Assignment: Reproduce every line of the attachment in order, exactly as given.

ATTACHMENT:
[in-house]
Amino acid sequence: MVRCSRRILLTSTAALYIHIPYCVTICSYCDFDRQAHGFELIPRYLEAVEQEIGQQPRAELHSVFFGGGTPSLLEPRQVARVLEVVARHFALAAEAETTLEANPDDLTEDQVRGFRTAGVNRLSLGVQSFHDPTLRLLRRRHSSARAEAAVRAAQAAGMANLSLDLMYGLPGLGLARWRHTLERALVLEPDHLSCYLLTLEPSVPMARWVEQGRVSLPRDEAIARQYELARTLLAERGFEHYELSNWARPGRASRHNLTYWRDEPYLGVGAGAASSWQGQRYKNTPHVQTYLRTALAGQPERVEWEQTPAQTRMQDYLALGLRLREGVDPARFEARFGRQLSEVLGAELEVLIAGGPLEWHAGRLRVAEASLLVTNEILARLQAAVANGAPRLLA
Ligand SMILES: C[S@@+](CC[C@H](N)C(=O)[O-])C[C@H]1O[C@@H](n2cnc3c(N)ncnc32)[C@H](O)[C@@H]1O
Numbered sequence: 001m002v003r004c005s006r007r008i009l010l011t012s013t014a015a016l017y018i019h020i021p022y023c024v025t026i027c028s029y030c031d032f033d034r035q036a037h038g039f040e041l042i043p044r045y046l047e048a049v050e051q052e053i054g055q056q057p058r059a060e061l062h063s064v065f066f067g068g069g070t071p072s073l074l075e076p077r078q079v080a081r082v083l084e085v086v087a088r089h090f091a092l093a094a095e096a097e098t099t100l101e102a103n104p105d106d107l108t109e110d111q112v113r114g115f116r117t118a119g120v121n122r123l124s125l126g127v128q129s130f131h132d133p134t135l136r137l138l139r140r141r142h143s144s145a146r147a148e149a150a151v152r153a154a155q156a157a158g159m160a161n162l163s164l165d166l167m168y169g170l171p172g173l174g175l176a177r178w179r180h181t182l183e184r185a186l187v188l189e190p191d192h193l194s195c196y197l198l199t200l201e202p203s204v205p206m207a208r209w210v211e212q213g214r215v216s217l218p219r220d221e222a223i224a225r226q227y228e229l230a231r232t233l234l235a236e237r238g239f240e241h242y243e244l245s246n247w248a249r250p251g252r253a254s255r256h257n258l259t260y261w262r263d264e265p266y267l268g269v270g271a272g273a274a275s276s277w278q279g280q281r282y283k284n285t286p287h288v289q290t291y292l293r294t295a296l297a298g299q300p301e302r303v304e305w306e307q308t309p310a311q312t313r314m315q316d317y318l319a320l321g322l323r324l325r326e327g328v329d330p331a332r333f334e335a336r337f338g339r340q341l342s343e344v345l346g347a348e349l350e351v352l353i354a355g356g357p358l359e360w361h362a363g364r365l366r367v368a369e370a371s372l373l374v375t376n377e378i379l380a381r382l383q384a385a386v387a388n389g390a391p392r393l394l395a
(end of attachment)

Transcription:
[in-house]
Amino acid sequence: MVRCSRRILLTSTAALYIHIPYCVTICSYCDFDRQAHGFELIPRYLEAVEQEIGQQPRAELHSVFFGGGTPSLLEPRQVARVLEVVARHFALAAEAETTLEANPDDLTEDQVRGFRTAGVNRLSLGVQSFHDPTLRLLRRRHSSARAEAAVRAAQAAGMANLSLDLMYGLPGLGLARWRHTLERALVLEPDHLSCYLLTLEPSVPMARWVEQGRVSLPRDEAIARQYELARTLLAERGFEHYELSNWARPGRASRHNLTYWRDEPYLGVGAGAASSWQGQRYKNTPHVQTYLRTALAGQPERVEWEQTPAQTRMQDYLALGLRLREGVDPARFEARFGRQLSEVLGAELEVLIAGGPLEWHAGRLRVAEASLLVTNEILARLQAAVANGAPRLLA
Ligand SMILES: C[S@@+](CC[C@H](N)C(=O)[O-])C[C@H]1O[C@@H](n2cnc3c(N)ncnc32)[C@H](O)[C@@H]1O
Numbered sequence: 001m002v003r004c005s006r007r008i009l010l011t012s013t014a015a016l017y018i019h020i021p022y023c024v025t026i027c028s029y030c031d032f033d034r035q036a037h038g039f040e041l042i043p044r045y046l047e048a049v050e051q052e053i054g055q056q057p058r059a060e061l062h063s064v065f066f067g068g069g070t071p072s073l074l075e076p077r078q079v080a081r082v083l084e085v086v087a088r089h090f091a092l093a094a095e096a097e098t099t100l101e102a103n104p105d106d107l108t109e110d111q112v113r114g115f116r117t118a119g120v121n122r123l124s125l126g127v128q129s130f131h132d133p134t135l136r137l138l139r140r141r142h143s144s145a146r147a148e149a150a151v152r153a154a155q156a157a158g159m160a161n162l163s164l165d166l167m168y169g170l171p172g173l174g175l176a177r178w179r180h181t182l183e184r185a186l187v188l189e190p191d192h193l194s195c196y197l198l199t200l201e202p203s204v205p206m207a208r209w210v211e212q213g214r215v216s217l218p219r220d221e222a223i224a225r226q227y228e229l230a231r232t233l234l235a236e237r238g239f240e241h242y243e244l245s246n247w248a249r250p251g252r253a254s255r256h257n258l259t260y261w262r263d264e265p266y267l268g269v270g271a272g273a274a275s276s277w278q279g280q281r282y283k284n285t286p287h288v289q290t291y292l293r294t295a296l297a298g299q300p301e302r303v304e305w306e307q308t309p310a311q312t313r314m315q316d317y318l319a320l321g322l323r324l325r326e327g328v329d330p331a332r333f334e335a336r337f338g339r340q341l342s343e344v345l346g347a348e349l350e351v352l353i354a355g356g357p358l359e360w361h362a363g364r365l366r367v368a369e370a371s372l373l374v375t376n377e378i379l380a381r382l383q384a385a386v387a388n389g390a391p392r393l394l395a